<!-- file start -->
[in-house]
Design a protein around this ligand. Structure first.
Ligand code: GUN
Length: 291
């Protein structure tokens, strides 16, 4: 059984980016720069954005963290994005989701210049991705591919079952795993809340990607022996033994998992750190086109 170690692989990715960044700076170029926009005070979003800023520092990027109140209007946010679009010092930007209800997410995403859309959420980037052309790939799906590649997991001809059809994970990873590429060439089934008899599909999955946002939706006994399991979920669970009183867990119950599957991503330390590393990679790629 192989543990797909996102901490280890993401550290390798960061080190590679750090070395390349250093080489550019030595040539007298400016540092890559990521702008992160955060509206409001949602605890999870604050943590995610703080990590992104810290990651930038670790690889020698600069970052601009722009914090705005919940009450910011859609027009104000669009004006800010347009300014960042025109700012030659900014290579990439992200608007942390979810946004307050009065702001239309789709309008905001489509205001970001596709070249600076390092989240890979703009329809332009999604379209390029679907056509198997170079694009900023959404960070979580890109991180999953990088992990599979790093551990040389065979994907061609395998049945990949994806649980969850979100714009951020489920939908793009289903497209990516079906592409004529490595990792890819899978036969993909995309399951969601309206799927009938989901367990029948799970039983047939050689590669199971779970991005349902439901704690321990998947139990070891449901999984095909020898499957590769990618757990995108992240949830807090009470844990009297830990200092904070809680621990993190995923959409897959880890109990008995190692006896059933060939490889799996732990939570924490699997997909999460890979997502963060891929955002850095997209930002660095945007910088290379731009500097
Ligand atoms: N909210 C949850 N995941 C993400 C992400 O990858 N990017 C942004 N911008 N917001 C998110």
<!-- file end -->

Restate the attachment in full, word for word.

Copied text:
[in-house]
Design a protein around this ligand. Structure first.
Ligand code: GUN
Length: 291
């Protein structure tokens, strides 16, 4: 059984980016720069954005963290994005989701210049991705591919079952795993809340990607022996033994998992750190086109 170690692989990715960044700076170029926009005070979003800023520092990027109140209007946010679009010092930007209800997410995403859309959420980037052309790939799906590649997991001809059809994970990873590429060439089934008899599909999955946002939706006994399991979920669970009183867990119950599957991503330390590393990679790629 192989543990797909996102901490280890993401550290390798960061080190590679750090070395390349250093080489550019030595040539007298400016540092890559990521702008992160955060509206409001949602605890999870604050943590995610703080990590992104810290990651930038670790690889020698600069970052601009722009914090705005919940009450910011859609027009104000669009004006800010347009300014960042025109700012030659900014290579990439992200608007942390979810946004307050009065702001239309789709309008905001489509205001970001596709070249600076390092989240890979703009329809332009999604379209390029679907056509198997170079694009900023959404960070979580890109991180999953990088992990599979790093551990040389065979994907061609395998049945990949994806649980969850979100714009951020489920939908793009289903497209990516079906592409004529490595990792890819899978036969993909995309399951969601309206799927009938989901367990029948799970039983047939050689590669199971779970991005349902439901704690321990998947139990070891449901999984095909020898499957590769990618757990995108992240949830807090009470844990009297830990200092904070809680621990993190995923959409897959880890109990008995190692006896059933060939490889799996732990939570924490699997997909999460890979997502963060891929955002850095997209930002660095945007910088290379731009500097
Ligand atoms: N909210 C949850 N995941 C993400 C992400 O990858 N990017 C942004 N911008 N917001 C998110």